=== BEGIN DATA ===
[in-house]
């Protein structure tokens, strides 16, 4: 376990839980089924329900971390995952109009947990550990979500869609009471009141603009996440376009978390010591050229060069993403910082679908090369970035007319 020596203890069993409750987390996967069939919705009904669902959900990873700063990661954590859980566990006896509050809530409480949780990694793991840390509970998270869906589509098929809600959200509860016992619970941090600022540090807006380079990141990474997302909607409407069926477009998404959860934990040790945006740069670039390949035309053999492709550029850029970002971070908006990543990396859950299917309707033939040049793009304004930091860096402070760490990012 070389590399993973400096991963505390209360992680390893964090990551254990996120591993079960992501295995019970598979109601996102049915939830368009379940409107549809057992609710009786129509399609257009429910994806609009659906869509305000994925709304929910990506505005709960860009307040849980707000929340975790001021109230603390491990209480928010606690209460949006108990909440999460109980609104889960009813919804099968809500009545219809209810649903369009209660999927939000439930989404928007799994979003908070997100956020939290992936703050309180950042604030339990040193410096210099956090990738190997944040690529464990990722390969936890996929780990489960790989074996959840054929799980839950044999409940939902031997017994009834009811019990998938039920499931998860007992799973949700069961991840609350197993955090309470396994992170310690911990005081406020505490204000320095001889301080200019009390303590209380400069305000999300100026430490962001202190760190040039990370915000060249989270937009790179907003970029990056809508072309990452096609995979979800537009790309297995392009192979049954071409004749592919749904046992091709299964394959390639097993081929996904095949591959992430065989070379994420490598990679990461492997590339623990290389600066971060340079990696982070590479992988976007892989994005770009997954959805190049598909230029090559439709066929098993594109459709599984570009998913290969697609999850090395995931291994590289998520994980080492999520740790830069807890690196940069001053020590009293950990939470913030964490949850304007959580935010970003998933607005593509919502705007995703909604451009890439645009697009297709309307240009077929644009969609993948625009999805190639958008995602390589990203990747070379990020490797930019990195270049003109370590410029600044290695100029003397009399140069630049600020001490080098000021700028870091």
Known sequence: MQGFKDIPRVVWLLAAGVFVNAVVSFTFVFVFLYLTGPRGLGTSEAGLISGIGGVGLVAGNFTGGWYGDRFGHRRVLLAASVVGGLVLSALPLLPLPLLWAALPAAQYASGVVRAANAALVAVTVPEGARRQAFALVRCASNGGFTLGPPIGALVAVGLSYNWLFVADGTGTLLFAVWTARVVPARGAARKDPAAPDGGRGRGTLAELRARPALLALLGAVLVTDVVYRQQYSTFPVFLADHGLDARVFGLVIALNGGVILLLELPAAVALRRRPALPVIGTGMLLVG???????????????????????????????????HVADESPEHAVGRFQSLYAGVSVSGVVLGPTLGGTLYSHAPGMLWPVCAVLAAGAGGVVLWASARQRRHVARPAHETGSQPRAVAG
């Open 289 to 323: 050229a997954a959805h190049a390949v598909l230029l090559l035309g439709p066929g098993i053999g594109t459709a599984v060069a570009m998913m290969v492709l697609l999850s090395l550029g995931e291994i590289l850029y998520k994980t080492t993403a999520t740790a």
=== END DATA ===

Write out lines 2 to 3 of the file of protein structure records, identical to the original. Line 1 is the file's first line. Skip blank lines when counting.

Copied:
């Protein structure tokens, strides 16, 4: 376990839980089924329900971390995952109009947990550990979500869609009471009141603009996440376009978390010591050229060069993403910082679908090369970035007319 020596203890069993409750987390996967069939919705009904669902959900990873700063990661954590859980566990006896509050809530409480949780990694793991840390509970998270869906589509098929809600959200509860016992619970941090600022540090807006380079990141990474997302909607409407069926477009998404959860934990040790945006740069670039390949035309053999492709550029850029970002971070908006990543990396859950299917309707033939040049793009304004930091860096402070760490990012 070389590399993973400096991963505390209360992680390893964090990551254990996120591993079960992501295995019970598979109601996102049915939830368009379940409107549809057992609710009786129509399609257009429910994806609009659906869509305000994925709304929910990506505005709960860009307040849980707000929340975790001021109230603390491990209480928010606690209460949006108990909440999460109980609104889960009813919804099968809500009545219809209810649903369009209660999927939000439930989404928007799994979003908070997100956020939290992936703050309180950042604030339990040193410096210099956090990738190997944040690529464990990722390969936890996929780990489960790989074996959840054929799980839950044999409940939902031997017994009834009811019990998938039920499931998860007992799973949700069961991840609350197993955090309470396994992170310690911990005081406020505490204000320095001889301080200019009390303590209380400069305000999300100026430490962001202190760190040039990370915000060249989270937009790179907003970029990056809508072309990452096609995979979800537009790309297995392009192979049954071409004749592919749904046992091709299964394959390639097993081929996904095949591959992430065989070379994420490598990679990461492997590339623990290389600066971060340079990696982070590479992988976007892989994005770009997954959805190049598909230029090559439709066929098993594109459709599984570009998913290969697609999850090395995931291994590289998520994980080492999520740790830069807890690196940069001053020590009293950990939470913030964490949850304007959580935010970003998933607005593509919502705007995703909604451009890439645009697009297709309307240009077929644009969609993948625009999805190639958008995602390589990203990747070379990020490797930019990195270049003109370590410029600044290695100029003397009399140069630049600020001490080098000021700028870091």
Known sequence: MQGFKDIPRVVWLLAAGVFVNAVVSFTFVFVFLYLTGPRGLGTSEAGLISGIGGVGLVAGNFTGGWYGDRFGHRRVLLAASVVGGLVLSALPLLPLPLLWAALPAAQYASGVVRAANAALVAVTVPEGARRQAFALVRCASNGGFTLGPPIGALVAVGLSYNWLFVADGTGTLLFAVWTARVVPARGAARKDPAAPDGGRGRGTLAELRARPALLALLGAVLVTDVVYRQQYSTFPVFLADHGLDARVFGLVIALNGGVILLLELPAAVALRRRPALPVIGTGMLLVG???????????????????????????????????HVADESPEHAVGRFQSLYAGVSVSGVVLGPTLGGTLYSHAPGMLWPVCAVLAAGAGGVVLWASARQRRHVARPAHETGSQPRAVAG